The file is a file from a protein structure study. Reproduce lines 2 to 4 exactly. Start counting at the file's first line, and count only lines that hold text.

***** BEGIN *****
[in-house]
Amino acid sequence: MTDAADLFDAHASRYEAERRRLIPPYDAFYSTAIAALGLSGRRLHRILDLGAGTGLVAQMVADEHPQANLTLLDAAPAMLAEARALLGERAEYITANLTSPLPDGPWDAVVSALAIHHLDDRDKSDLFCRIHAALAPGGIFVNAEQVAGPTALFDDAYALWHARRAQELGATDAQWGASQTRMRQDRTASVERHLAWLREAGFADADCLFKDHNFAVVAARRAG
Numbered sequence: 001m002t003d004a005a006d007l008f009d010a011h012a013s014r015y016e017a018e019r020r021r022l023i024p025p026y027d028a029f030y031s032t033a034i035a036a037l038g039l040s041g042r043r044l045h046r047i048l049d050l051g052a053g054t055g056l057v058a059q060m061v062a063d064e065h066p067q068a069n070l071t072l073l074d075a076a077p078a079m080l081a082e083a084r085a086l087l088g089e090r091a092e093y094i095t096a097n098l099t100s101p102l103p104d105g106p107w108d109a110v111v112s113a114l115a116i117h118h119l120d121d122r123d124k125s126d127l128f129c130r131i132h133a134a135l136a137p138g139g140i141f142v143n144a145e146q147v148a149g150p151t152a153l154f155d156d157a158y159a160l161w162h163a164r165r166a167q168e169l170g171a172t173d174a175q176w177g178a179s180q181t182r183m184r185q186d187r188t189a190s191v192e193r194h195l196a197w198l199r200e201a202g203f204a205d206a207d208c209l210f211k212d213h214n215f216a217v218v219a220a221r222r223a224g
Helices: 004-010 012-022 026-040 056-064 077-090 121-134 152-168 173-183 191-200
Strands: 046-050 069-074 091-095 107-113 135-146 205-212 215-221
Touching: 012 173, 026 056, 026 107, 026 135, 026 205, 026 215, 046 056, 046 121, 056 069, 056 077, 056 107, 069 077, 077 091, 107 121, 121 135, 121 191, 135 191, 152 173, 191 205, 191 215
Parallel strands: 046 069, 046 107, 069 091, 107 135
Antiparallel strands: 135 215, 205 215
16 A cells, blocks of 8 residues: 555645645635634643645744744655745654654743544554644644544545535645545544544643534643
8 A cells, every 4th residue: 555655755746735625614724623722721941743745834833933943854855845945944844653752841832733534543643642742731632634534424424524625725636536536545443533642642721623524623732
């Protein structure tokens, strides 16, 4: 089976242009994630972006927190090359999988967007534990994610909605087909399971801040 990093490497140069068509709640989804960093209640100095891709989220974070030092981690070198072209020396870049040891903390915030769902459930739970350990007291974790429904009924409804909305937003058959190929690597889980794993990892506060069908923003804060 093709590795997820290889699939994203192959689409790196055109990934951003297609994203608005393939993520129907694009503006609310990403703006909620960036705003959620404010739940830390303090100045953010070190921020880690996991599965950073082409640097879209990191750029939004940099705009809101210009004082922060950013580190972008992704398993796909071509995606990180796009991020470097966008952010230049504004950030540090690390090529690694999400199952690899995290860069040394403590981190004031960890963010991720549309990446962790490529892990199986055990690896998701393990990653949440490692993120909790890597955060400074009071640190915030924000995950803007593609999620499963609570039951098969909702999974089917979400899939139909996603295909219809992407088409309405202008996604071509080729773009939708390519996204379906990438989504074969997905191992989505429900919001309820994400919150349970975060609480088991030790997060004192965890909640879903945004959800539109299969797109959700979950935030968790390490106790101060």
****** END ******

Amino acid sequence: MTDAADLFDAHASRYEAERRRLIPPYDAFYSTAIAALGLSGRRLHRILDLGAGTGLVAQMVADEHPQANLTLLDAAPAMLAEARALLGERAEYITANLTSPLPDGPWDAVVSALAIHHLDDRDKSDLFCRIHAALAPGGIFVNAEQVAGPTALFDDAYALWHARRAQELGATDAQWGASQTRMRQDRTASVERHLAWLREAGFADADCLFKDHNFAVVAARRAG
Numbered sequence: 001m002t003d004a005a006d007l008f009d010a011h012a013s014r015y016e017a018e019r020r021r022l023i024p025p026y027d028a029f030y031s032t033a034i035a036a037l038g039l040s041g042r043r044l045h046r047i048l049d050l051g052a053g054t055g056l057v058a059q060m061v062a063d064e065h066p067q068a069n070l071t072l073l074d075a076a077p078a079m080l081a082e083a084r085a086l087l088g089e090r091a092e093y094i095t096a097n098l099t100s101p102l103p104d105g106p107w108d109a110v111v112s113a114l115a116i117h118h119l120d121d122r123d124k125s126d127l128f129c130r131i132h133a134a135l136a137p138g139g140i141f142v143n144a145e146q147v148a149g150p151t152a153l154f155d156d157a158y159a160l161w162h163a164r165r166a167q168e169l170g171a172t173d174a175q176w177g178a179s180q181t182r183m184r185q186d187r188t189a190s191v192e193r194h195l196a197w198l199r200e201a202g203f204a205d206a207d208c209l210f211k212d213h214n215f216a217v218v219a220a221r222r223a224g
Helices: 004-010 012-022 026-040 056-064 077-090 121-134 152-168 173-183 191-200